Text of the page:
Teachers’ union speaks out on Mastriano’s plan to change school funding | Pennsylvania News

HARRISBURG, Pa. — School funding has been a major topic for the Pennsylvania Legislature and the state’s gubernatorial candidates.

Republican gubernatorial candidate Doug Mastriano has a plan that calls for completely changing the way schools are funded.

Just as the state legislature approved a $1 billion increase in spending for Pennsylvania public schools, Mastriano is calling for a massive cut in favor of giving some of that money to parents for more school choice. .

But Pennsylvania’s largest teachers’ union says it doesn’t give the proposal a passing grade.

“Certainly cutting school spending by more than $12 billion would undermine the public schools we have, we would have a system that looks nothing like what it is today,” said Chris Lilienthal of the Pennsylvania State Education Association.

PSEA says the plan lacks detail but would halve funding per student.

Mastriano spoke about it in a radio interview in March.

“I think instead of $19,000, we fund each student about $9,000 or $10,000, and they can decide which school to go to, public school, private school, religious school, cyber school, or home school.” , Mastriano told WRTA in Altoona.

Mastriano’s campaign website says there would be education opportunity accounts for parents as well as expanded scholarship programs for private schools, such as the EITC and OITC.

However, Lilienthal says these programs lack oversight and, using available data, estimates a cut of nearly $13 billion in education funding. This includes charter, vocational and technical schools as well as a loss of over 118,000 positions.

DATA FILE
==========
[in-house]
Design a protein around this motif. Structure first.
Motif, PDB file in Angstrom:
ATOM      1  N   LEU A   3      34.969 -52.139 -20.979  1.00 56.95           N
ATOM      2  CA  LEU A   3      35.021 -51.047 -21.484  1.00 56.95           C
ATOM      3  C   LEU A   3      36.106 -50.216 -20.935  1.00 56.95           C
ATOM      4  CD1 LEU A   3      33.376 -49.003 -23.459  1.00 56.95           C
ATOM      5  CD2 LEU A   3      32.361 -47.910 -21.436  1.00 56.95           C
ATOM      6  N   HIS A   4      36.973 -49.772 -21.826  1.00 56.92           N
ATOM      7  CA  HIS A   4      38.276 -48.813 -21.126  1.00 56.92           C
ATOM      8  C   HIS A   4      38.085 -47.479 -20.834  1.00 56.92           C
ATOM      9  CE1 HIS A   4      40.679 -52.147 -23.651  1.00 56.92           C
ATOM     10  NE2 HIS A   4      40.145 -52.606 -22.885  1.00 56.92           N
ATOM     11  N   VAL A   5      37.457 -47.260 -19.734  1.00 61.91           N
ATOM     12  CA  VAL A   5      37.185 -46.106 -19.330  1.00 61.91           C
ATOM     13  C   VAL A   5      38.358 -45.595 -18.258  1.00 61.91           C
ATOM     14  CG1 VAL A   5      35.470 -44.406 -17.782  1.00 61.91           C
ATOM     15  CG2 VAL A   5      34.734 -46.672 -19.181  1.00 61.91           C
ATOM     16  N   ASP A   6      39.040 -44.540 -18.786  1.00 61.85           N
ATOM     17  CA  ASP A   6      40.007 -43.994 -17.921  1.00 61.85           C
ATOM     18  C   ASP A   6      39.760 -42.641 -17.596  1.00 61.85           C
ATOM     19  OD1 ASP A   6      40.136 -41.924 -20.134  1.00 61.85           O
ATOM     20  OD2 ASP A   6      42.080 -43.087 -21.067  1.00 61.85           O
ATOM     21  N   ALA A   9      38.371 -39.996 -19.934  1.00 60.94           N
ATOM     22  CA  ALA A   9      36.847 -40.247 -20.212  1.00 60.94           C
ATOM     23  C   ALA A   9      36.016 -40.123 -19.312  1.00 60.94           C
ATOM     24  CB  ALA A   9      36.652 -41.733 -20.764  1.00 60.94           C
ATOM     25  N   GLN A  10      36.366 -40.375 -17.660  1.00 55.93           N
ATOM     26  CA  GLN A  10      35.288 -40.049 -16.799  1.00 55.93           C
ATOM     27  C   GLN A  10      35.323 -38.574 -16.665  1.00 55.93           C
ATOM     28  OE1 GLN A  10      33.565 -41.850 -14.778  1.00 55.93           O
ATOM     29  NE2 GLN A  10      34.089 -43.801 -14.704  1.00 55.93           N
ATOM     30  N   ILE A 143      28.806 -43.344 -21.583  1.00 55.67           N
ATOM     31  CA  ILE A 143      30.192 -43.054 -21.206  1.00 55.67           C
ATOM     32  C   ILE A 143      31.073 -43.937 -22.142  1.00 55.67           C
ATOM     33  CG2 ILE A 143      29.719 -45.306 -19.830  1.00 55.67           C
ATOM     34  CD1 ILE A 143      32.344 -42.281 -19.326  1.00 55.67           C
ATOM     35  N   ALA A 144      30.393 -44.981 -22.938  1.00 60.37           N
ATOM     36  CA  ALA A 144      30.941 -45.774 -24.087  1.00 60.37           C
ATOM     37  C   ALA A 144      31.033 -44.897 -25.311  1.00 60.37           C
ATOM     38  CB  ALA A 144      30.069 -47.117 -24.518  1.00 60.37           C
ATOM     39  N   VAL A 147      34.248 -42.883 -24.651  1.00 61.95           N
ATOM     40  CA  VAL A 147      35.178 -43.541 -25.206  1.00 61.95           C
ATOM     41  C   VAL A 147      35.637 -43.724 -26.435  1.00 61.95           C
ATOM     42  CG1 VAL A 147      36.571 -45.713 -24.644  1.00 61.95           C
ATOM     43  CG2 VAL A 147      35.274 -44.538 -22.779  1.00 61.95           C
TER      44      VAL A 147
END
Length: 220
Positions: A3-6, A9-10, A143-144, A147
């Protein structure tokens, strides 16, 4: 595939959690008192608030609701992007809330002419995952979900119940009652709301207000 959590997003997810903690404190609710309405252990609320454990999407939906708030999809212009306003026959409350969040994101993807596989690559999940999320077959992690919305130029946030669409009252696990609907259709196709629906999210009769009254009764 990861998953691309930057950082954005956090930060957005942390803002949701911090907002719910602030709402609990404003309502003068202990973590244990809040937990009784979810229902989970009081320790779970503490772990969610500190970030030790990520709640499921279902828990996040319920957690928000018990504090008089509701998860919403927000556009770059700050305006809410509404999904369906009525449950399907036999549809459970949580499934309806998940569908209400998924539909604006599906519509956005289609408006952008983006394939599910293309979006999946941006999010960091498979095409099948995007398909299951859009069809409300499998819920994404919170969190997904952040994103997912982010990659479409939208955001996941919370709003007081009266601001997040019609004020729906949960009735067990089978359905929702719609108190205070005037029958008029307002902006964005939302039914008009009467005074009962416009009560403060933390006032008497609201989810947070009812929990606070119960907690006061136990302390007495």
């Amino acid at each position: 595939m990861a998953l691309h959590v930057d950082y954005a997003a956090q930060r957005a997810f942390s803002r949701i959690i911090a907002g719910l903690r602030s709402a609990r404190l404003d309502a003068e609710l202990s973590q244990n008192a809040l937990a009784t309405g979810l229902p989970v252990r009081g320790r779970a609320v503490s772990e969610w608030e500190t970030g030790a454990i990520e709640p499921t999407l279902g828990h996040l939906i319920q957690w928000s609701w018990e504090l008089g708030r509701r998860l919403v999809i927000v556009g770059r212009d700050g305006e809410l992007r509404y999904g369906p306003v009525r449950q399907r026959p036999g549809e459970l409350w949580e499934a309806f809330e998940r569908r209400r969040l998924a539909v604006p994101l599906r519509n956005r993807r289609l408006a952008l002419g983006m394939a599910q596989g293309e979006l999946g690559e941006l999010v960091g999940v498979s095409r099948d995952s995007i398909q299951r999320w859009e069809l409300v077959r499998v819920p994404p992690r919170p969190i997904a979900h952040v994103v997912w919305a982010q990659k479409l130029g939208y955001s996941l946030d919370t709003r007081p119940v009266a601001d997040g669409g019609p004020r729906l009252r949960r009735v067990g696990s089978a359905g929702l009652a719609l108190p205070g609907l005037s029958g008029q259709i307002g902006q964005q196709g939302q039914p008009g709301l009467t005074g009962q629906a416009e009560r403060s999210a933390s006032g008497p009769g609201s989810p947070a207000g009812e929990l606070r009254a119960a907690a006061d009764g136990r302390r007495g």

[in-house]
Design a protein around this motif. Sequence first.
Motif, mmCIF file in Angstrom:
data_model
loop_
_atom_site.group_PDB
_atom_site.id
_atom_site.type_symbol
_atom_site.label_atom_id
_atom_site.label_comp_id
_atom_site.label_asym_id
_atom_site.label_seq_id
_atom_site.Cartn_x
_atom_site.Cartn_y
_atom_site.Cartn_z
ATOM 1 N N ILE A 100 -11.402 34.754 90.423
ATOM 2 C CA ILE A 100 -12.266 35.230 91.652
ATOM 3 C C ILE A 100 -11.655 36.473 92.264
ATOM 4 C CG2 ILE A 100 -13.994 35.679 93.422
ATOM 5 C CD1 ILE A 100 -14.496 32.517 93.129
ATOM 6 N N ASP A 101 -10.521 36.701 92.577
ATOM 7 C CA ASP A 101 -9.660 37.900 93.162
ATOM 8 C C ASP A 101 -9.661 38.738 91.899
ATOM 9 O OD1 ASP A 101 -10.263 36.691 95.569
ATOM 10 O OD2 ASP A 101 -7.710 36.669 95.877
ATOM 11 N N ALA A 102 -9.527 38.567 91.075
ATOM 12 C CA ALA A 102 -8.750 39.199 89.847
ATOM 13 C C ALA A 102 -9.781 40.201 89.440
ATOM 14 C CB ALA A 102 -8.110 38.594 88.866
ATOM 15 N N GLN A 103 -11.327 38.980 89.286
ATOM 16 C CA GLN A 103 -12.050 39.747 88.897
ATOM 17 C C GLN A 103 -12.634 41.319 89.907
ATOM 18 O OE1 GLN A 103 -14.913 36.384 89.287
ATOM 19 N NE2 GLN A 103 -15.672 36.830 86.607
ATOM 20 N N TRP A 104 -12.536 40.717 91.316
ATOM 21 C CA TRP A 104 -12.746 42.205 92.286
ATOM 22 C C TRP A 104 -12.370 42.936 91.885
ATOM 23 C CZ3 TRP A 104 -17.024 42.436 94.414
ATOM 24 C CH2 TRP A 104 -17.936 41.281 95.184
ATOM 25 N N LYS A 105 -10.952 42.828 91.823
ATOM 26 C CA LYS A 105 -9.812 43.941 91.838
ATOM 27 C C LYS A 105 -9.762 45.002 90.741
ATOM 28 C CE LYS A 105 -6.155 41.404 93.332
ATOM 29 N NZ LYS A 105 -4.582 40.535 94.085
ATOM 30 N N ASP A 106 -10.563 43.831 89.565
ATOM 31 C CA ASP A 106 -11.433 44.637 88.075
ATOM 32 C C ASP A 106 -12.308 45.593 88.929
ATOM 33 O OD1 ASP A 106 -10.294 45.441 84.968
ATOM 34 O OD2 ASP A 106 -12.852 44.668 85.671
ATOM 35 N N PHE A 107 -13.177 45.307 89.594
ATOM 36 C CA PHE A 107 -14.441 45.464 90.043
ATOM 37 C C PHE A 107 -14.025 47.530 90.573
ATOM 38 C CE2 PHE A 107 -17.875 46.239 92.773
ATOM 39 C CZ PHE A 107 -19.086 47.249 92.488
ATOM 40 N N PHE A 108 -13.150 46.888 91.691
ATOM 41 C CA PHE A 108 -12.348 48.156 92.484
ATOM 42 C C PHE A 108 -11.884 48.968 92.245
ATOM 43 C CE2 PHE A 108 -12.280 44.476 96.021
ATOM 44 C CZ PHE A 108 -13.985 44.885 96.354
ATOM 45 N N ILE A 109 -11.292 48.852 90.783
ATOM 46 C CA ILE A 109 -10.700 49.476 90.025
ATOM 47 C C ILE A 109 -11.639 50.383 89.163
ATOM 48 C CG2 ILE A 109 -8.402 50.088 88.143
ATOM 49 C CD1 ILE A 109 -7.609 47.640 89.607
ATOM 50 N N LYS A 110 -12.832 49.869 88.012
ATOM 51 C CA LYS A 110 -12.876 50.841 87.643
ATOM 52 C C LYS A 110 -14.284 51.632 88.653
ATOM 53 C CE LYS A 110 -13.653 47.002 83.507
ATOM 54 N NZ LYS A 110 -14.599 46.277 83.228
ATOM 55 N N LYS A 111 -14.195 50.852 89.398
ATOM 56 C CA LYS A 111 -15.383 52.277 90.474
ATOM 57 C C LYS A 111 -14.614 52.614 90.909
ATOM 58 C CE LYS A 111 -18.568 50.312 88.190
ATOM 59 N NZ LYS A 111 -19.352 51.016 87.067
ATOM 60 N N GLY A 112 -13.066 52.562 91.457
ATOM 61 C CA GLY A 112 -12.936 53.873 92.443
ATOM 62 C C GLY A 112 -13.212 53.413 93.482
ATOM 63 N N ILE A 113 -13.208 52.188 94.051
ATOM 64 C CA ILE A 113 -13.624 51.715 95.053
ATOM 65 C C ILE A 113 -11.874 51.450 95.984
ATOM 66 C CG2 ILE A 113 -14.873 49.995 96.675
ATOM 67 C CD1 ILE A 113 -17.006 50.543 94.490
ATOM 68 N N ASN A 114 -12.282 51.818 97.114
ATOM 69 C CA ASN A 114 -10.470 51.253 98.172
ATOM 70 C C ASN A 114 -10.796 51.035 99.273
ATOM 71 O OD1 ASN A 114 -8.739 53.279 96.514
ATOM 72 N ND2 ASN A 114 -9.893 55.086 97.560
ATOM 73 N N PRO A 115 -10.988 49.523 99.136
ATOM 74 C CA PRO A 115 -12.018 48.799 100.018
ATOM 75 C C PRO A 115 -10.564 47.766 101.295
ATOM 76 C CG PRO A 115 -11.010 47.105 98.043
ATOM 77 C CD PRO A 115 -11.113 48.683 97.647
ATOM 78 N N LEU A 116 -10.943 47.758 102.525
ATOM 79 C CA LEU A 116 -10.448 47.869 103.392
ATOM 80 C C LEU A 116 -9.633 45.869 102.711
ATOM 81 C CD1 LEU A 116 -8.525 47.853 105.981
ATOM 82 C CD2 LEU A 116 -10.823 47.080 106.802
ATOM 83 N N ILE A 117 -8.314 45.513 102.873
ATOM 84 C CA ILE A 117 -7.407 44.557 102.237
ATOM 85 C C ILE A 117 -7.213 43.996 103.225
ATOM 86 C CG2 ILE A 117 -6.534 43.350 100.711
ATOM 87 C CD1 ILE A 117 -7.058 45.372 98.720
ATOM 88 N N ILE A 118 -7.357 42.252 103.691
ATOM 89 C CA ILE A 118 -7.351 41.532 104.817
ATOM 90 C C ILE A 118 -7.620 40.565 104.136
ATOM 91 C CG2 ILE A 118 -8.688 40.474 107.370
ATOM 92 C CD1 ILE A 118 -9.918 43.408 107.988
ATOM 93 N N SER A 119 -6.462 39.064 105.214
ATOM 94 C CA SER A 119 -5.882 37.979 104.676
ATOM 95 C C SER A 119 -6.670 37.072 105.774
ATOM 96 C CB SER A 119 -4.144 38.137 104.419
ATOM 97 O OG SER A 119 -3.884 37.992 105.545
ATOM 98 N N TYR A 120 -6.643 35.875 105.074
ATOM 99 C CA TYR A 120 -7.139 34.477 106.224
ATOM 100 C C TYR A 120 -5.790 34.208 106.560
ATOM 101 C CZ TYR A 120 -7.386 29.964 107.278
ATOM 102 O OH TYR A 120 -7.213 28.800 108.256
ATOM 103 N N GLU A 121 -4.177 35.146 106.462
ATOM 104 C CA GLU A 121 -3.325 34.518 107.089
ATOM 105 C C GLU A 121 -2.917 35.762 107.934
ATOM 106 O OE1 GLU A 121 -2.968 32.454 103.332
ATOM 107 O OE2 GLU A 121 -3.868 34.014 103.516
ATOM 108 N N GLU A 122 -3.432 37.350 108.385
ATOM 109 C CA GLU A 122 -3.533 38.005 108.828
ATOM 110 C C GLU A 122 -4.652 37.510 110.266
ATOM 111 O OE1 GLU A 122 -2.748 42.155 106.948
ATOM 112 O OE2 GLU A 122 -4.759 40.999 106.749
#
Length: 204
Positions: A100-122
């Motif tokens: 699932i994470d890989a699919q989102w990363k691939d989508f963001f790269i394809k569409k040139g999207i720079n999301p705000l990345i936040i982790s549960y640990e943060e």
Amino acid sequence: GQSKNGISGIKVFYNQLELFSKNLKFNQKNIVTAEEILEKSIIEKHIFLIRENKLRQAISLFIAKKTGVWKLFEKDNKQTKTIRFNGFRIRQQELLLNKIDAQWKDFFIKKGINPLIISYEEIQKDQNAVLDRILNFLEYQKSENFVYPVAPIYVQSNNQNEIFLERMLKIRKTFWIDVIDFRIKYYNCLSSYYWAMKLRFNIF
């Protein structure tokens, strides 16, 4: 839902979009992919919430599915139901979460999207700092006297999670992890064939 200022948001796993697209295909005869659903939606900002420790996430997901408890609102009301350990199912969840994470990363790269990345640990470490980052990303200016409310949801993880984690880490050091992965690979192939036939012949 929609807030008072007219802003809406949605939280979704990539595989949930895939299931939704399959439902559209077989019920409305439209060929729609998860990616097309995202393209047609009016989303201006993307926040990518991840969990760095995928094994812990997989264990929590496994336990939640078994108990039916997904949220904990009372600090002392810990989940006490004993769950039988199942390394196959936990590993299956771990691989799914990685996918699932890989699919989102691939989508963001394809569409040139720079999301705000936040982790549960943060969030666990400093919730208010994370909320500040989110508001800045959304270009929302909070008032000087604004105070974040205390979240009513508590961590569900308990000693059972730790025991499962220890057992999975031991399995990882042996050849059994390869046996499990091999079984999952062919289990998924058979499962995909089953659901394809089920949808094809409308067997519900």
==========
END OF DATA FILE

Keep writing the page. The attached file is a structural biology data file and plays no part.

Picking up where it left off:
Allentown could lose $98 million and nearly 1,000 employees. Bethlehem could lose over $100 million and 861 employees.

“I think the larger goal of the proposal is to really defund public schools,” Bethlehem Superintendent Joseph Roy said.

Republican State Rep. Gary Day, who lost in the primary, defends Mastriano’s plan, saying “parental choice is an important part of bringing market forces to education.”

He also said most superintendents should leave politics to elected officials.

Lilienthal says the union’s position is not political, but strictly educational.

“It’s not really about one candidate or the other. It’s about what’s best for the future of public education,” Lilienthal said.

We contacted Mastriano directly, but got no response.

As for his Democratic opponent Josh Shapiro, he said he supports full funding for public schools.

It comes as a decision is expected this fall in the landmark school funding trial. If Mastriano were to win and go through with this plan, it would certainly affect this court ruling, but the state legislature would have to approve his plan.

Andrew B. Reiter